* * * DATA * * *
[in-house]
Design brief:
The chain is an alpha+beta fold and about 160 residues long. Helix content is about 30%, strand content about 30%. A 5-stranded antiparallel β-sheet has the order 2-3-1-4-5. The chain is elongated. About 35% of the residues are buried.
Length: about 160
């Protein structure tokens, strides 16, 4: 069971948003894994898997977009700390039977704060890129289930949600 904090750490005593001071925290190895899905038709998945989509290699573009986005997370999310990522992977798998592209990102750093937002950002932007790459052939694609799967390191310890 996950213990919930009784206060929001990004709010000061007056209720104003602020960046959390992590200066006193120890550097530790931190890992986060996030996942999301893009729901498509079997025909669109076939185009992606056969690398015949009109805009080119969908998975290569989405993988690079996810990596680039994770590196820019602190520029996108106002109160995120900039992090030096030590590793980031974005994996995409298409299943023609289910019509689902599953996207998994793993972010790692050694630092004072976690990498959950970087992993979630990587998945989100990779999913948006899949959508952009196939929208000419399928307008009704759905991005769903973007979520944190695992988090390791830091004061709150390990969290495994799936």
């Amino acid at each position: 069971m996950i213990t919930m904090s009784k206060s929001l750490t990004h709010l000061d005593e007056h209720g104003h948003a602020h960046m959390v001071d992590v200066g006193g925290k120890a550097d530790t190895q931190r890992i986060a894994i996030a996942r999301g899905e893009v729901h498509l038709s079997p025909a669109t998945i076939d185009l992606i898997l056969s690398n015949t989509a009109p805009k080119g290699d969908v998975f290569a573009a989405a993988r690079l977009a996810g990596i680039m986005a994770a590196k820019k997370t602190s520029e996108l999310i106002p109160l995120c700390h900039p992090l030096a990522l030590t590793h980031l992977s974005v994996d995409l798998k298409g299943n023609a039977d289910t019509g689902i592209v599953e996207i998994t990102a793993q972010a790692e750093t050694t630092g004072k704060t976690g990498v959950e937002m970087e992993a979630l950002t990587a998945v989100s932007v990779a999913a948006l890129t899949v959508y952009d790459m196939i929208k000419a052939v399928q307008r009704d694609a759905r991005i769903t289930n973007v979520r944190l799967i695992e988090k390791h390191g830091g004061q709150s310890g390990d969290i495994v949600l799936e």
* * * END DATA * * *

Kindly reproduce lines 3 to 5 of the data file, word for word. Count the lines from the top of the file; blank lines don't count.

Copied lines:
The chain is an alpha+beta fold and about 160 residues long. Helix content is about 30%, strand content about 30%. A 5-stranded antiparallel β-sheet has the order 2-3-1-4-5. The chain is elongated. About 35% of the residues are buried.
Length: about 160
């Protein structure tokens, strides 16, 4: 069971948003894994898997977009700390039977704060890129289930949600 904090750490005593001071925290190895899905038709998945989509290699573009986005997370999310990522992977798998592209990102750093937002950002932007790459052939694609799967390191310890 996950213990919930009784206060929001990004709010000061007056209720104003602020960046959390992590200066006193120890550097530790931190890992986060996030996942999301893009729901498509079997025909669109076939185009992606056969690398015949009109805009080119969908998975290569989405993988690079996810990596680039994770590196820019602190520029996108106002109160995120900039992090030096030590590793980031974005994996995409298409299943023609289910019509689902599953996207998994793993972010790692050694630092004072976690990498959950970087992993979630990587998945989100990779999913948006899949959508952009196939929208000419399928307008009704759905991005769903973007979520944190695992988090390791830091004061709150390990969290495994799936």